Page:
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Big Bluestem (Andropogon gerardii Vitman)

Also classified as Andropogon gerardi.

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A tall, perennial, warm-season grass native to North America with a wide range stretching from the great plains into the mountain west and to the east coast.

Range - Expand

Native or Not Present

This tentative map is based on our own research. It may have limited data on Canada and/or Mexico, and there is some subjectivity in our assignment of plants as introduced vs. expanded. Read more in this blog post.


One of the dominant grasses of prairies, especially mid-to-late successional tallgrass prairies in the eastern great plains; in this region, it is most dominant on mesic sites. In the drier, western portions of the great plains, dominant only on moister bottomland regions. Even farther west, found in savannas and open forests. Also found in a wide range of other habitats, including roadsides and fallow fields. In the mostly forested east, less common and mostly limited to open habitats including cliffs, limestone glades, sandstone barrens, and other rock outcroppings, as well as floodplains, meadows, and shores of lakes and rivers, as well as various habitats that have experienced recent canopy-removing disturbance, but that have significant herbaceous vegetation and organic matter in the soil.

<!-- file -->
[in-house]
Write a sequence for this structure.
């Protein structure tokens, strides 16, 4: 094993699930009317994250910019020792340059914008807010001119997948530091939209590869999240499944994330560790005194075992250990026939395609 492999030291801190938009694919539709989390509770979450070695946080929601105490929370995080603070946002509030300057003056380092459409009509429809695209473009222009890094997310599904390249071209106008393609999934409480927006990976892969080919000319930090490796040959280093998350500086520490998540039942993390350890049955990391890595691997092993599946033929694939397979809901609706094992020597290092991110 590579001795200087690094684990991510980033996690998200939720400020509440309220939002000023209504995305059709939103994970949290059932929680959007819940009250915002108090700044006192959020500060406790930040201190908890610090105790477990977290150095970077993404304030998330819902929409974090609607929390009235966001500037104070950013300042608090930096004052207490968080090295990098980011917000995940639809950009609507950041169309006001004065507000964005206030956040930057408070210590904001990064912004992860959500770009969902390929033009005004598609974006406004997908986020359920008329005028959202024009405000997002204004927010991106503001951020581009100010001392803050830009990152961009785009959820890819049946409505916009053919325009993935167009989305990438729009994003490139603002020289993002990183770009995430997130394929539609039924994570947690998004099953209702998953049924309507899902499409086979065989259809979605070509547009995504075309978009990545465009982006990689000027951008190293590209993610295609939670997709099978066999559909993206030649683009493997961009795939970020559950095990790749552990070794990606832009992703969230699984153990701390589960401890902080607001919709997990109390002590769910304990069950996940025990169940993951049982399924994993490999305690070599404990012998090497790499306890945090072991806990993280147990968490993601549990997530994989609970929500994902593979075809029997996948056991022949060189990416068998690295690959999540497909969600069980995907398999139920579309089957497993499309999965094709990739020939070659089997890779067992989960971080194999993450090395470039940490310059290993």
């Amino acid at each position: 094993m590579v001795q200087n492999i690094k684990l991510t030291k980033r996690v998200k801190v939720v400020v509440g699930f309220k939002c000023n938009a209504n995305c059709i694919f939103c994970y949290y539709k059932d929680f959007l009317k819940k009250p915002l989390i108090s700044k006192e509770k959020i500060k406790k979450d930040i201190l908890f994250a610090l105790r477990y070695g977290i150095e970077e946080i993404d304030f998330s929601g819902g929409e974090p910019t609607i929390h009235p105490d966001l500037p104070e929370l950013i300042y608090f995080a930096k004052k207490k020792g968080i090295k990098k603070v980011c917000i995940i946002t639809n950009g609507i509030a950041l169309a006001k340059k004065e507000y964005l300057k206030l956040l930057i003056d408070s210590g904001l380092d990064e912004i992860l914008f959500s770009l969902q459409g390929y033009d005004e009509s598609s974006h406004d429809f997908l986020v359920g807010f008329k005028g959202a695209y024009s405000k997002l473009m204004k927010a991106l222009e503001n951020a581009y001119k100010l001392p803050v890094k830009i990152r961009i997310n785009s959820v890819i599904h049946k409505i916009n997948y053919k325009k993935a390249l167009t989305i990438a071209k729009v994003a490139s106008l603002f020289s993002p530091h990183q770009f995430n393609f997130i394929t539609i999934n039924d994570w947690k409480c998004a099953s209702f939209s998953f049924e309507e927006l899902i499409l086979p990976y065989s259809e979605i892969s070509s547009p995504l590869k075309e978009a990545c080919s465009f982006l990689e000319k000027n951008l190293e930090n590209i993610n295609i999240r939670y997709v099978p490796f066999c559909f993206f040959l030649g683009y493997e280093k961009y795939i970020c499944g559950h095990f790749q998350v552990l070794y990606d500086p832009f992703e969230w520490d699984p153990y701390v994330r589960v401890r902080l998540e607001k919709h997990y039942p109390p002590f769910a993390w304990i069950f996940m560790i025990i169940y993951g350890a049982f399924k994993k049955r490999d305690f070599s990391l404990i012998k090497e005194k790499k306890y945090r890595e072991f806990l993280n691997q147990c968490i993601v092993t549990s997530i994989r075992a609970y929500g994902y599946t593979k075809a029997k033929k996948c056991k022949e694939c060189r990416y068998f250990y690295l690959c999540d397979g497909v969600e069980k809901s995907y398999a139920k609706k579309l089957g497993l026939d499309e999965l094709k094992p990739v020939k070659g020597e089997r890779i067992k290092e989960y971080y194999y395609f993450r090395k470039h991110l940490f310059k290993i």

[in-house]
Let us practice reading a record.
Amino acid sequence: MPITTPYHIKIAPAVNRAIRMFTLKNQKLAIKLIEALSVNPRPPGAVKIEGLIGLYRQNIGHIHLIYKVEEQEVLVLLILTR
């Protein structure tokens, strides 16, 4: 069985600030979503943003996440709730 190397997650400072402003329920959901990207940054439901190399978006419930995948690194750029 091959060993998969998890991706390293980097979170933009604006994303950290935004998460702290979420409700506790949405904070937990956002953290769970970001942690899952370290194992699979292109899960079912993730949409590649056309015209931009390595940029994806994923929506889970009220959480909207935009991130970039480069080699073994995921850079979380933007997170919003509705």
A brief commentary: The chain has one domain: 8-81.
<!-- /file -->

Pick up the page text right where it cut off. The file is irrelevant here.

Throughout its range, including in the east, also found in anthropogenic habitats including roadsides and railroads, overgrown cemeteries, and fallow or abandoned fields.

Prefers soils ranging in texture from silt-loam to clay-loam, and rich in organic matter. Tolerates, but is less dominant on a wide variety of other soils, including clayey and rocky soils. Able to grow in calcareous blackland soils, where its growth is stunted but it sometimes still competes favorably against other plants whose growth is similarly limited. In parts of the west, often found growing on the south side of large rocks where drainage off the rocks increases available moisture from rainfall. Tolerates a wide range of soil pH from alkaline to moderately acidic, but absent from the most acidic soils. Tolerant of air pollution.

Typically limited to later-successional stages of grassland communities. It requires significant organic matter in the soil to establish, and its dense growth at the ground level, and shade tolerance makes it competitive against other grassland vegetation, and hinders the establishment of competing vegetation.

Prefers habitats that experience regular fire, especially in the spring but any time from fall to spring. Less adapted to and less common in habitats that burn more than once every 2 years, or that burn during summer, as both of these hinder this species growth. Usually also absent from sites that burn or experience other vegetation-removing disturbances less than once every 5 years.

Highly tolerant of light grazing by mammals, but not tolerant of regular grazing below about 6 inches in height.